Rising inflation is continuing to hit Ireland’s manufacturing sector, according to a new survey.
The AIB manufacturing Purchasing Managers’ index shows that output dropped for the second month running in July.
It states that demand conditions had weakened both domestically and abroad, in part due to rising costs.
“Inflationary pressures remain pronounced, with prices rising at close to their fastest pace since the survey began in 1998,” said Oliver Mangan, chief economist with AIB.
“There were further marked increases in material, energy and labour costs, while the rate of output price inflation remained elevated,” he added.
The headline Manufacturing PMI is a composite single-figure indicator of manufacturing performance derived from indicators for new orders, output, employment, suppliers’ delivery times and stocks of purchases.
The PMI fell to 51.8 last month, down from 53.1 in June and 56.4 in May.
Any figure greater than 50 indicates overall improvement of the sector.
Although the July figure was still above the neutral level of 50, it was the lowest reading since January 2021.
The fall was in line with the trend seen elsewhere – the flash July index fell to 52.2 in the UK, and dropped to 49.6 in the euro zone.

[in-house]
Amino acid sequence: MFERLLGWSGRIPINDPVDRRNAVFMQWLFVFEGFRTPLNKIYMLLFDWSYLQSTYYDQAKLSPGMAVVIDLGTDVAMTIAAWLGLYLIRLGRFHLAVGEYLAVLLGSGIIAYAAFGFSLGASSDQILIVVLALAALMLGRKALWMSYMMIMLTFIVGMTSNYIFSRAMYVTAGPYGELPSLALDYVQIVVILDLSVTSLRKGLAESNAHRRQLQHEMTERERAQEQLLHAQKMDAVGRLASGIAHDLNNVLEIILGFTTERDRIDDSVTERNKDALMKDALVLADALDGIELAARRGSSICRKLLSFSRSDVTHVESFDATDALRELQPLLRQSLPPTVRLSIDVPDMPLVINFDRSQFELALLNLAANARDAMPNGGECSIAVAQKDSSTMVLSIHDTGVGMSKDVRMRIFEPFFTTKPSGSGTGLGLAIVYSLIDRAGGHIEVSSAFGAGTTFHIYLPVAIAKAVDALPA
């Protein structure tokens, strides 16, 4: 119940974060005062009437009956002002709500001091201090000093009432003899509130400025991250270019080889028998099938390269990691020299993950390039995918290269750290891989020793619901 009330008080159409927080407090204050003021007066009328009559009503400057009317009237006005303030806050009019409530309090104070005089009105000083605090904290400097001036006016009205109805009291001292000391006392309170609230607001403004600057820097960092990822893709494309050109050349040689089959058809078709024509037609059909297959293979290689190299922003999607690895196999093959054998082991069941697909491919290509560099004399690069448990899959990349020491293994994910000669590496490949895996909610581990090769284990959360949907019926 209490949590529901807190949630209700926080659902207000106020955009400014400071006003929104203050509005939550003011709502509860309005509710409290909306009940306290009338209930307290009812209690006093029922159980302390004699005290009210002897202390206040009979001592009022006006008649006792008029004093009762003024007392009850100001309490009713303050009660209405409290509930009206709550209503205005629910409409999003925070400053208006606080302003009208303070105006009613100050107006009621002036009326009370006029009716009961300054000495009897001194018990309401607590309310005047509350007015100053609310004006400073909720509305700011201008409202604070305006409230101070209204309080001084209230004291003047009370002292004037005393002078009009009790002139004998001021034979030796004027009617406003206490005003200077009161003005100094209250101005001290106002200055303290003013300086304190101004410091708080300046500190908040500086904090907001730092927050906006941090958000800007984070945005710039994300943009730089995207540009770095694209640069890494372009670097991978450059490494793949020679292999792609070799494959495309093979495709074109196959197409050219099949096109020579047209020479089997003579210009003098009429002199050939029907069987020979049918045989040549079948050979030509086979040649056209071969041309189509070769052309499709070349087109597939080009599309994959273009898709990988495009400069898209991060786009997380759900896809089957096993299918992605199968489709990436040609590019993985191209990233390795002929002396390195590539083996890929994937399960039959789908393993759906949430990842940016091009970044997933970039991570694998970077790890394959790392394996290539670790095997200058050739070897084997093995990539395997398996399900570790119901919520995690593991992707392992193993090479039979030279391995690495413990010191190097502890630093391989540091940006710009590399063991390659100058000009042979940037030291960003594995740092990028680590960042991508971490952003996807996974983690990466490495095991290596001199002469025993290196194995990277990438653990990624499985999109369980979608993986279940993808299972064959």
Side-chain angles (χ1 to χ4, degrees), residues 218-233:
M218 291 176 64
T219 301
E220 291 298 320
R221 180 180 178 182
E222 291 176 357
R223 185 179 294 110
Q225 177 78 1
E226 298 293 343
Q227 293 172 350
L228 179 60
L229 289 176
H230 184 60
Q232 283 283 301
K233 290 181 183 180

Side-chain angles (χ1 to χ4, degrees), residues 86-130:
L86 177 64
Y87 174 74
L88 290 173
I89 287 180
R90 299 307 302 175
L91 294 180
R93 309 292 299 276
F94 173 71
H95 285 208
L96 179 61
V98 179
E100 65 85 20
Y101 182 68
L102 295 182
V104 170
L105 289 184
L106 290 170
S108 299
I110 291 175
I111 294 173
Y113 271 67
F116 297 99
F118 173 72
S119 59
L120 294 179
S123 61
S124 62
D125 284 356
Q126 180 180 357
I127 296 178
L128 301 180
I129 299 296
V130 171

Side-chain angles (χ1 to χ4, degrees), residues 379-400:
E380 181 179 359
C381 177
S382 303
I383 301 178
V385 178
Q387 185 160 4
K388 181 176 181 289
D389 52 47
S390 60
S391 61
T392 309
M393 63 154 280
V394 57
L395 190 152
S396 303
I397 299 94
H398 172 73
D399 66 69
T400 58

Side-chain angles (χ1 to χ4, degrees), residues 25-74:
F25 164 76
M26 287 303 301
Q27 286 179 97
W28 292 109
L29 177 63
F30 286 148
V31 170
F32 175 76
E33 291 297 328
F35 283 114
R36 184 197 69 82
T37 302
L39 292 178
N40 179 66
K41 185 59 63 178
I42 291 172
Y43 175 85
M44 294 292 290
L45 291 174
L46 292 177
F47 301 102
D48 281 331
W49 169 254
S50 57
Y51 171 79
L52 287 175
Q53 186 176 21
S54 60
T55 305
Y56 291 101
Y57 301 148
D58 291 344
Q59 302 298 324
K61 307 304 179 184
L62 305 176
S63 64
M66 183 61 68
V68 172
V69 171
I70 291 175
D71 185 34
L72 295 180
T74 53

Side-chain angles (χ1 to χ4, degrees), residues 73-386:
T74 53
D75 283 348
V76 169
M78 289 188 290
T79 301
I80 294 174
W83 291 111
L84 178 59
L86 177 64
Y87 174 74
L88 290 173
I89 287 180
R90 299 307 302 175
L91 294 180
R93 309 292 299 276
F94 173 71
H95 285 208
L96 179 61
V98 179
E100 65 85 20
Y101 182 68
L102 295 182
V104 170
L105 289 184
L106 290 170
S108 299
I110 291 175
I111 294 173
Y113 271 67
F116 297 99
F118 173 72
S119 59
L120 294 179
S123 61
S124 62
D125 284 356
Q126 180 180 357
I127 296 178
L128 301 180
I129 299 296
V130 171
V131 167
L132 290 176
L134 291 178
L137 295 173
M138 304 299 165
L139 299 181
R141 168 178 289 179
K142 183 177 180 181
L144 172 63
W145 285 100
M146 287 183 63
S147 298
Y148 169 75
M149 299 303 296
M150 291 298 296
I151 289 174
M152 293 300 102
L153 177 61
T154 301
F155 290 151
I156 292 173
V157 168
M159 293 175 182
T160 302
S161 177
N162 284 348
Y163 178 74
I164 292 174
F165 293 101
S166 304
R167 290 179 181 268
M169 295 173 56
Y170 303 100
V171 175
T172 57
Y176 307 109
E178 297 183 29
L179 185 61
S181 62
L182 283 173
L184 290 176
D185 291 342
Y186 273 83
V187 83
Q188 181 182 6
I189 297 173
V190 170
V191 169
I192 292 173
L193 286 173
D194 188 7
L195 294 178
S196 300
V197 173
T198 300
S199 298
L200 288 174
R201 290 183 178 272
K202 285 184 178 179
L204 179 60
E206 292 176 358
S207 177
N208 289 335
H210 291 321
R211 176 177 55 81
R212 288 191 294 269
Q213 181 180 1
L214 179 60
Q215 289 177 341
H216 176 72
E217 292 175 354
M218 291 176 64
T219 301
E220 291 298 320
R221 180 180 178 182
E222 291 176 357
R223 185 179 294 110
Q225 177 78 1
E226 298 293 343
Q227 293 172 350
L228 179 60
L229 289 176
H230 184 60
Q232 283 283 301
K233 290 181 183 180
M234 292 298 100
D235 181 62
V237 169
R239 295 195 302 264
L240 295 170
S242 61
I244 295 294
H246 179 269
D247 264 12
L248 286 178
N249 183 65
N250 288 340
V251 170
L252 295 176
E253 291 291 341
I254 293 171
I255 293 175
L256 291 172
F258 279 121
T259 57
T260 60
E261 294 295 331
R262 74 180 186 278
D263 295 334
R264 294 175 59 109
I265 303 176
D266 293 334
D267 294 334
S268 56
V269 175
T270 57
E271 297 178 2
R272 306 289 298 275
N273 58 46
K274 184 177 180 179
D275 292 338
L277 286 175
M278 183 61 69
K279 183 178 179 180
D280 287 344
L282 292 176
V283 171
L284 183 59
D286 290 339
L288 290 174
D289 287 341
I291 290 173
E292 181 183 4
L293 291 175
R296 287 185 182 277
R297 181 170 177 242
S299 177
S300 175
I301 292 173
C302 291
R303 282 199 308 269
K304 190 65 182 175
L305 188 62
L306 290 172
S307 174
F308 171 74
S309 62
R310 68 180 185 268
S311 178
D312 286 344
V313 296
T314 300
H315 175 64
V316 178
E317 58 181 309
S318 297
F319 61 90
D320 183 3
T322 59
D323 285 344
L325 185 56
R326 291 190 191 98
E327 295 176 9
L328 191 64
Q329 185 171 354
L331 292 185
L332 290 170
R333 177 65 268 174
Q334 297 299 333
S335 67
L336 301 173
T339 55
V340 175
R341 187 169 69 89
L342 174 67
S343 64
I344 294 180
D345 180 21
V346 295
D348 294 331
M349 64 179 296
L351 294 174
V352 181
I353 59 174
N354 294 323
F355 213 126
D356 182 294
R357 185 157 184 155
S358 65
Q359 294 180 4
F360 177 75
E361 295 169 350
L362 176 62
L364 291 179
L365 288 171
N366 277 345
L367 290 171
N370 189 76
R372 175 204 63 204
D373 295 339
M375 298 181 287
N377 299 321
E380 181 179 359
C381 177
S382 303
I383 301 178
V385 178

Mr Mangan said the impact of weakening demand on Irish manufacturing activity was most evident in the second consecutive monthly contractions in both output and new orders.
“The drop in new orders resulted in a further easing in capacity pressures, as evidenced by declining backlogs for a third month running,” he said.
“Weakening demand also saw stocks of finished goods rise for the first time in over a year,” he added.
The PMI shows that weakness was also apparent with respect to order book volumes from abroad, as new export orders fell marginally.
Despite sustained falls in output and new work, Irish goods producers expanded their staffing levels further in July.
However, the figures show the pace of job creation was the slowest since February 2021.
The data also shows that the average suppliers’ delivery times lengthened again in July, amid reports of material shortages and transport delays.
However, delays were the least widespread since November 2020.
Looking ahead, the PMI suggests that Irish manufacturers remain positive overall towards the outlook for output over the next 12 months, with optimism ticking up to a three-month high.
However, the level of sentiment remained historically subdued amid concerns around the near-term economic outlook.